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Staining in cold weather?

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  • Staining in cold weather?

    Here in the North East temps are right around freezing and I have two Red Oak end tables ready for finishing. Is it possible to stain them in an unheated garage in these temps with an oil based stain? the tables are inside at the moment. My plan is to stain them in the garage, let the fumes air a bit then bring them to the basement to finish drying.
    How do you guys in the colder climates deal with this?
    "A common mistake that people make when trying to design something completely foolproof is to underestimate the ingenuity of complete fools" - Douglas Adams

  • #2
    Re: Staining in cold weather?

    How do you guys in the colder climates deal with this?
    Put heat in the shop.

    Seriously, I do have heat in the shop (heat pump) but you could do as you suggest, wait for a warmer day (45~50 if you are lucky) and apply the stain, then bring it inside if you can w/o damaging the still fragile finish to complete the drying cycle. Should work but your times will be WAY longer than stated on the can.

    You could use water-based stains or dyes and work inside with no fumes to deal with.

    Check out your local forcast at www.weather.gov and see whats up for the next couple days.
    "When we build let us think we build forever. Let it not be for present delight nor for present use alone. Let it be such work that our descendants will thank us for, and let us think, as we lay stone upon stone, that a time is to come when these stones will be held sacred because our hands have touched them, and that men will say, as they look upon the labor and wrought substance of them, "See! This our fathers did for us."
    John Ruskin (1819 - 1900)

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    • #3
      Re: Staining in cold weather?

      I've been doing a lot of staining lately, although I do it in the basement. The temperature has been hovering around 55 degrees down there (~30s and below outside). I have been using oil based, but have a high quality OSHA organic vapor mask, etc.. and I turn off the furnace for a few hours.

      A couple of notes about my experience with winter staining:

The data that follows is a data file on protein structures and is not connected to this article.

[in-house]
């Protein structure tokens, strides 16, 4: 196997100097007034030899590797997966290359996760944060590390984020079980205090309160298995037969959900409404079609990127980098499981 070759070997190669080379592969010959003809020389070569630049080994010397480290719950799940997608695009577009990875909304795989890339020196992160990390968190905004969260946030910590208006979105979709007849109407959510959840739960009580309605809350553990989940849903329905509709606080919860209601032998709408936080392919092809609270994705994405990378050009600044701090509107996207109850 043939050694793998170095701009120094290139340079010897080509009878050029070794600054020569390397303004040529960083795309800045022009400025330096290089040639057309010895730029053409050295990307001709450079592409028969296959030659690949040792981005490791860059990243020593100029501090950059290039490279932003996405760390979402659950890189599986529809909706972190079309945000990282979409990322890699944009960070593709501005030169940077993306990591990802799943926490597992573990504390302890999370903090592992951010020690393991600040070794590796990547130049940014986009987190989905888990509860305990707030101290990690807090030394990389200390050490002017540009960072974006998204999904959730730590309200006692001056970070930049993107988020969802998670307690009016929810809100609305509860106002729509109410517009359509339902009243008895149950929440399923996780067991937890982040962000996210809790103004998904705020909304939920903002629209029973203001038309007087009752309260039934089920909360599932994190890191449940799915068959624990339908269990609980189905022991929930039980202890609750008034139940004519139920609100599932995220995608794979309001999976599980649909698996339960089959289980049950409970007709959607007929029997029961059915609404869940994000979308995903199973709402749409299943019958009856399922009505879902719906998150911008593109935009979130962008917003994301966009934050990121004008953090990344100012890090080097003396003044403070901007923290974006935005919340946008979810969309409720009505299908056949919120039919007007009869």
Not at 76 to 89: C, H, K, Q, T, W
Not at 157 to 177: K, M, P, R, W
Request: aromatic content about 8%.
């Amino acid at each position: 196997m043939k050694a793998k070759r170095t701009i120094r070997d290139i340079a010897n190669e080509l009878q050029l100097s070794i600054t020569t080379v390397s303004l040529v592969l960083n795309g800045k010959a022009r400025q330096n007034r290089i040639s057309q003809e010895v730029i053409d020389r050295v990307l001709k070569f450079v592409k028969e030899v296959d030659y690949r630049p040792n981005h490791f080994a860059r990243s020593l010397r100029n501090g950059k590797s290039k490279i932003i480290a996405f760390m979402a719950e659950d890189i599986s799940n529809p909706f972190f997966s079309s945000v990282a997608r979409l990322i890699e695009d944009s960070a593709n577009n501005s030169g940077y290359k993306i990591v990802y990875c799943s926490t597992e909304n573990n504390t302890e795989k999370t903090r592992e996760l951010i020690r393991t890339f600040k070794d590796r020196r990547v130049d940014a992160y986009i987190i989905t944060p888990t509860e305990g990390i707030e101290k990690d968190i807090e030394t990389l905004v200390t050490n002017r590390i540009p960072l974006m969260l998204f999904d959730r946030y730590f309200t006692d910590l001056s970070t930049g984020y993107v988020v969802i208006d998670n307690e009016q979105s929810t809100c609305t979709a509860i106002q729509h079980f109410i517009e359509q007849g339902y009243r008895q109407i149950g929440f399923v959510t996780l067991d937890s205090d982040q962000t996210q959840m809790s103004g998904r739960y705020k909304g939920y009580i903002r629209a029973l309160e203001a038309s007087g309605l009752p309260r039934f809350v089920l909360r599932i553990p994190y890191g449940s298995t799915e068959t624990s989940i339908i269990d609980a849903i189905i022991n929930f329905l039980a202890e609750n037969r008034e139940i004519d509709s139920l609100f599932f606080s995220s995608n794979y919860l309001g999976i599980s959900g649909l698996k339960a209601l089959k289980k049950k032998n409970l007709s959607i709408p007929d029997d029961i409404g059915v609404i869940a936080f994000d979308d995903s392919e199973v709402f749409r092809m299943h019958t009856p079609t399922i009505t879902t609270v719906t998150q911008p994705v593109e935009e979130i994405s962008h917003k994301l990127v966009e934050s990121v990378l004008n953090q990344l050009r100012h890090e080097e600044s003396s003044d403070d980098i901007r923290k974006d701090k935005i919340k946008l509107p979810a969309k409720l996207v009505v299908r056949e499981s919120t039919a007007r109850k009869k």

1) The air is dry and the stain dries a lot faster. If you want dark, you have to keep adding and re-wetting it.
      2) The cold adversely affects the viscosity of varnishes.

      3) *Especially with red oak*, for about 12-18 hours after you put stain on, and wipe off the excess, it slowly bubbles to the surface from the pores. This perplexed me (and really PO'd me) the first time it happened as a bunch of little dark dots dried on a lot of molding... anyway, check on it every hour or two and just gently wipe off the dots.

      After letting the stain/varnish dry for about 2 hours, I turn on a box fan to circulate the air, open a window to vent, and turn the furnace back on.

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      • #4
        Re: Staining in cold weather?

        Originally posted by Wood_Junkie View Post
        and turn the furnace back on.
        I forgot to do that years ago while living in CT. The wife never forgets to tell me that!

        Red
        Red

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        • #5
          Re: Staining in cold weather?

          Thx guys. I stained them in the garage and let them sit for an hour. moved them to the basement to finish drying. I had an old bathroom fan I saved after a remodel, so i hooked it up to some dryer vent tubing and ran it out the window.

          For the polyurathane, I think I'll just do it in the basement and 'tent' the work area with plastic drop cloth and vent it with the fan...so I don't have to move the tables. Some day I'll have a shop... someday....someday...


          Man O man Junkie, I know what you mean. when I stained the coffee table last summer (below) I thought I'd be wiping those spots forever!

          "A common mistake that people make when trying to design something completely foolproof is to underestimate the ingenuity of complete fools" - Douglas Adams

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